I have noticed that my typical carry-on "briefcase", a Timbuk2 Classic Messenger XL, has yet to be touched, even in the EU, even though it is usually filled with a laptop, iPad, cameras, lenses, a change of clothes, and a few other things.   It isn't an obvious bag, even though it is quite large (two 30 can cases of beer large), my "gentleman of luxurious proportions" frame covers it up quite well. 

One item to note is to pay attention to the equipment assigned to your route of travel.  Many regional jets and turboprops will be unfriendly to overhead storage of any real assortment of equipment, and may require a gate-check.  On some equipment (ATR-72, Dash-8, and Saab 340 spring to mind), good luck getting anything beyond a purse on board. 




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Re: Traveling via AIR and aircraft
« Reply #24 on: July 25, 2011, 02:23:42 am »

Following is what I have used as expat living different countries and frequent traveler across primarily Asia and Europe but at times also worldwide. Always in black camera bags since black is discrete. I have had up to five camera systems as carry on. I never check in my gear.

1. Tenba PBP, Photo backpack (near 10 years old) – Fits plenty, low weight, durable and comfortable. It has weighed up around 18kg on international flights, including always large pro carbon Gitzo on side. It is rare for the pack to be weighed or even questioned at check in.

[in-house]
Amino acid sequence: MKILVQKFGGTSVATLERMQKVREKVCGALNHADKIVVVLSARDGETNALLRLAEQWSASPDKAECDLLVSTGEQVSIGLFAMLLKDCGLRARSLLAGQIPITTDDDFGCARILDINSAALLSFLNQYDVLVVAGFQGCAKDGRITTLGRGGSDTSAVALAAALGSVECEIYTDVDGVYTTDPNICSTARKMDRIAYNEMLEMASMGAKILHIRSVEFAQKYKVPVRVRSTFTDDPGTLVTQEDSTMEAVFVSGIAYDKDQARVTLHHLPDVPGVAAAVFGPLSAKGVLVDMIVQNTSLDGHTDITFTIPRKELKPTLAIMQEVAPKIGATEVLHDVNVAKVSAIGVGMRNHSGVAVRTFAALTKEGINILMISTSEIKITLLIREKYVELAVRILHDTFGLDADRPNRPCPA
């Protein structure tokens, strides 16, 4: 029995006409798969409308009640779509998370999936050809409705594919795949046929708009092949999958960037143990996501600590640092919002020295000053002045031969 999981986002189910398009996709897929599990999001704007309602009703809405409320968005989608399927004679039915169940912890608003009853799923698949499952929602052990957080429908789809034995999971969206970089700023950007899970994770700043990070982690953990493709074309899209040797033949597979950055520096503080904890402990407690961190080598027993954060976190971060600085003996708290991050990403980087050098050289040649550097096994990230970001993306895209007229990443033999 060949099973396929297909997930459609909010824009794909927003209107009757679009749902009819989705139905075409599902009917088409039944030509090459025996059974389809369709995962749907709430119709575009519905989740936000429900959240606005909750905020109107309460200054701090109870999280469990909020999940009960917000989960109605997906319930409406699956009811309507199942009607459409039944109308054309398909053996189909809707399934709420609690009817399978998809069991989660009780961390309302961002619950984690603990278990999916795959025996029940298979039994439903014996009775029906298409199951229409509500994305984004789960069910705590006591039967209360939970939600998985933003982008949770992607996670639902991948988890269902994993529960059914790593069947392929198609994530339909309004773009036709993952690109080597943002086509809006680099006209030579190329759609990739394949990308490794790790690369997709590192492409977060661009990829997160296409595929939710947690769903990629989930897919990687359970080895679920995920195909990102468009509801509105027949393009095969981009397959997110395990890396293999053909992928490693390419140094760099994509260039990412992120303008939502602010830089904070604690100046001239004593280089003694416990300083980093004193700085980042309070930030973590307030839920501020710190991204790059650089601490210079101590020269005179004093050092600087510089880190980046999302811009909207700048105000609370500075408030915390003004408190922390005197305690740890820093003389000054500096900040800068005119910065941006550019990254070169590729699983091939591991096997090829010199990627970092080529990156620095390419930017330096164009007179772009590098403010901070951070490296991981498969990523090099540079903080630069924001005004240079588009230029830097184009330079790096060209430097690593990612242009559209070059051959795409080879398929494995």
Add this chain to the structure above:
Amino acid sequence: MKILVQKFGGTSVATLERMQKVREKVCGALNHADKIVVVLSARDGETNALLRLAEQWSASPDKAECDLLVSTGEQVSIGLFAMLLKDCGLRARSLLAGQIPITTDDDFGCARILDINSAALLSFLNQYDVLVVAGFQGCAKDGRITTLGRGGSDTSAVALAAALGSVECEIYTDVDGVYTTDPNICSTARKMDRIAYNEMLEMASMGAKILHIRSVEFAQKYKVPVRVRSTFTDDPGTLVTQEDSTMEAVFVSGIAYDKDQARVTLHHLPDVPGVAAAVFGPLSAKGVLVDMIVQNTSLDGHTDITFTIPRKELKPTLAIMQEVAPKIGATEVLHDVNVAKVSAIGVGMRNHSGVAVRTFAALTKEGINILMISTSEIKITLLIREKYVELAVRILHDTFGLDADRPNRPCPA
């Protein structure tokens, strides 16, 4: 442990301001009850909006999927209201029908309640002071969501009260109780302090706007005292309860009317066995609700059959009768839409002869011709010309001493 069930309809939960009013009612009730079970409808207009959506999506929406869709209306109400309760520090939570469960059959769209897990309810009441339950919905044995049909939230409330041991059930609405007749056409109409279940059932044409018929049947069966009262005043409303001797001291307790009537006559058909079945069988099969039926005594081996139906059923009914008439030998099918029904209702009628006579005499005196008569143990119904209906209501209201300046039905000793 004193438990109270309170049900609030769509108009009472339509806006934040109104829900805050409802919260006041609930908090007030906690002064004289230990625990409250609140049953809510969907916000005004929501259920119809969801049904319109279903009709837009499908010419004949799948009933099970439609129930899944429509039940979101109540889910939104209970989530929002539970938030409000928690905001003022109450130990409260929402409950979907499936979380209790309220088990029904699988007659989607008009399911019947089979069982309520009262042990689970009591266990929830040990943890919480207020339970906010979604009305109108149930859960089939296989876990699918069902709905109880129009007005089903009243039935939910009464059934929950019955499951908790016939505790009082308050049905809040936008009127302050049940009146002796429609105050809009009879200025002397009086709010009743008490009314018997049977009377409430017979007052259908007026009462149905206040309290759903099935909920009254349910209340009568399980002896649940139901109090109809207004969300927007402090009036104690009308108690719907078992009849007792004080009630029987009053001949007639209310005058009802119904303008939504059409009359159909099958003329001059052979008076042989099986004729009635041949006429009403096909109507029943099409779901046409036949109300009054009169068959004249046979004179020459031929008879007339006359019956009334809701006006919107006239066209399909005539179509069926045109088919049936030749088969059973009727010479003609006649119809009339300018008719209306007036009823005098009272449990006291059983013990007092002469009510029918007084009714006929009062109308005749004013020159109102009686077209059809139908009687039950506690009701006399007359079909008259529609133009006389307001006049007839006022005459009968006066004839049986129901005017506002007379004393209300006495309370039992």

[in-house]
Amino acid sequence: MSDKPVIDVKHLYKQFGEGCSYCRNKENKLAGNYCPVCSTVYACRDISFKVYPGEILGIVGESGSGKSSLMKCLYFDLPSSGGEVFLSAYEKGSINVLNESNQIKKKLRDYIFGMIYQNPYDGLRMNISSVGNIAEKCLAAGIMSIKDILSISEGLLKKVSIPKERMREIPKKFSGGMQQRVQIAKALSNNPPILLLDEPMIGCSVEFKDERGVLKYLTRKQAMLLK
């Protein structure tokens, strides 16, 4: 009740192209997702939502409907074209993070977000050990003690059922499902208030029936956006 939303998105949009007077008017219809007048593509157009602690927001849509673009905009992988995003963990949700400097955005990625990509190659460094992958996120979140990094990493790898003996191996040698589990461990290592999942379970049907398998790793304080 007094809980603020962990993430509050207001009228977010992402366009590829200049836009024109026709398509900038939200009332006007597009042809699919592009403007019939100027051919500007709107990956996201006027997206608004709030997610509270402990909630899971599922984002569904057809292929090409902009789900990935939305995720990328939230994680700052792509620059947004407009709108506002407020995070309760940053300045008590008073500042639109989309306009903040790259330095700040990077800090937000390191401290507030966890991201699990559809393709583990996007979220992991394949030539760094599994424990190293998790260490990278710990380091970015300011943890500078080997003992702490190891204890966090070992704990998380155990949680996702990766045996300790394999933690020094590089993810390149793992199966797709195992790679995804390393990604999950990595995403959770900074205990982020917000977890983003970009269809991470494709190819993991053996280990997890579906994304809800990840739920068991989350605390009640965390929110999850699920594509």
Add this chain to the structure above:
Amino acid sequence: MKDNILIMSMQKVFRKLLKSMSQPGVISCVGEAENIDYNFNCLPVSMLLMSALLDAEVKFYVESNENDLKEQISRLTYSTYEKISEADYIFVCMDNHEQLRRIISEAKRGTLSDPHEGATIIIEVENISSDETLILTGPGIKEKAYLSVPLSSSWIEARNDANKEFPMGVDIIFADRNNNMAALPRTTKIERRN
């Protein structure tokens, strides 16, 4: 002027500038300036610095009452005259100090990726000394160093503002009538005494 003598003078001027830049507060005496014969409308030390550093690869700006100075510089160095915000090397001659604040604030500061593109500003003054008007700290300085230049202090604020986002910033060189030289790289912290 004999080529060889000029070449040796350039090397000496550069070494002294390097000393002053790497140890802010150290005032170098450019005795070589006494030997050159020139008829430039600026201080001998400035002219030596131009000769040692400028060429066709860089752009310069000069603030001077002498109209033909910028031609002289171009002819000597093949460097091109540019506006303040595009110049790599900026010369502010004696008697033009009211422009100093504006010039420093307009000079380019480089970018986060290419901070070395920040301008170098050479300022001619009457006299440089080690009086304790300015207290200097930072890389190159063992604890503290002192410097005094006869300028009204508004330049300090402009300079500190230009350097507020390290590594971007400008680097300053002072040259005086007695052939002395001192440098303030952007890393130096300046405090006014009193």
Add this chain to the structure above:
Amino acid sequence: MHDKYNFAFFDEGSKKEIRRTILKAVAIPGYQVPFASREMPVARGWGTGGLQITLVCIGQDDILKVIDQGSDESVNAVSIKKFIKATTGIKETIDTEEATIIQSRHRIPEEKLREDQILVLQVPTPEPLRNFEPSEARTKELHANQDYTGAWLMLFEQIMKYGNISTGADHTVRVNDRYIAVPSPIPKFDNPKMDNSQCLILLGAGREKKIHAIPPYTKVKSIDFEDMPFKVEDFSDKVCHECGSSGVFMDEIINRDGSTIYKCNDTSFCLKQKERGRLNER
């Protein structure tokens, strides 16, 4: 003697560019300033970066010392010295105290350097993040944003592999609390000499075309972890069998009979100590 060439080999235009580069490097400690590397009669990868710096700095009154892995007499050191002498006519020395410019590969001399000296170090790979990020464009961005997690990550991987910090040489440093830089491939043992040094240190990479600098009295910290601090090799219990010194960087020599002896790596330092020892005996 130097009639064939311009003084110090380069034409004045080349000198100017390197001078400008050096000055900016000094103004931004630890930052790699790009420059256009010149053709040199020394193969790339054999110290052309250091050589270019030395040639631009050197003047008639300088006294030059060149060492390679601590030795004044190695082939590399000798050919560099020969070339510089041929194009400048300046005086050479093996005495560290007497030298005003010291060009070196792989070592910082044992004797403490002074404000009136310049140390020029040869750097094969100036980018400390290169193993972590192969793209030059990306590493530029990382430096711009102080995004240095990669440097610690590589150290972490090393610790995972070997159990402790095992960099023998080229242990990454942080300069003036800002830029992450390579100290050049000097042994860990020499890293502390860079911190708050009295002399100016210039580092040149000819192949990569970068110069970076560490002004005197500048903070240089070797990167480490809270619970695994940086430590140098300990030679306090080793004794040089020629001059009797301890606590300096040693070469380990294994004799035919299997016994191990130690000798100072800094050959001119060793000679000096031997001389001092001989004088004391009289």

2. Tenba Large Messanger bag - Carries my 4x5 Shen-Hao and 17" MacBook Pro... it kind of slips along to enable carry more than in my PBP, sitting in small compartment on luggage car during check in... thus rarely gets noticed…

3. Stand straight in line and when arrive to counter, appear relaxed in spite of that weight on back... = avoid show weight :)

4. Appearance of routine traveler, well prepared with passport, tickets, friendly... making job simple and quick for staff...

5. Only one small and within limit checked luggage, sort of to compensate and make simple. :)

6. If need carry more, e.g. books (heavy) or other gear, simply in the smallest looking plastic shopping bag they fit. Such bags tend to not be considered by staff… and could even be from transit shopping somewhere…

7. Film – Uhhhg… this has caused worst argue over the years... it is simply difficult nowadays, and with lack of respect at x-ray especially in Scandinavia (Sweden, Finland), while in Asia hand inspection is not much issue.
8. Polite persistence and ask for supervisor and police if necessary. My gear is simply my private property which I am not willing to risk at security checks. However very happy to cooperate and show them all during a hand inspection after the x-ray per myself taking out item by item for their view.

9. If being questioned I explain that I travel frequent and have carried ALL my gear on ALL flights. The international practice is by all airlines for camera and laptop to be exempt from carry on restrictions. Not sure what is referred by “camera” in that context…. Besides, once they have begun issue your boarding pass, they are in practice obliged to let you board…

10. I do not fly KLM.

It feels good! I have now sold off gear to reduce, since I am tired of carrying and having much gear. It feels it has been in way of my photography, less and simple makes photography more a joy and more a focus on the image! However, with above list I qualify as perhaps among ones who have carried most as carry on. ;D

« Last Edit: July 25, 2011, 02:25:46 am by Anders_HK »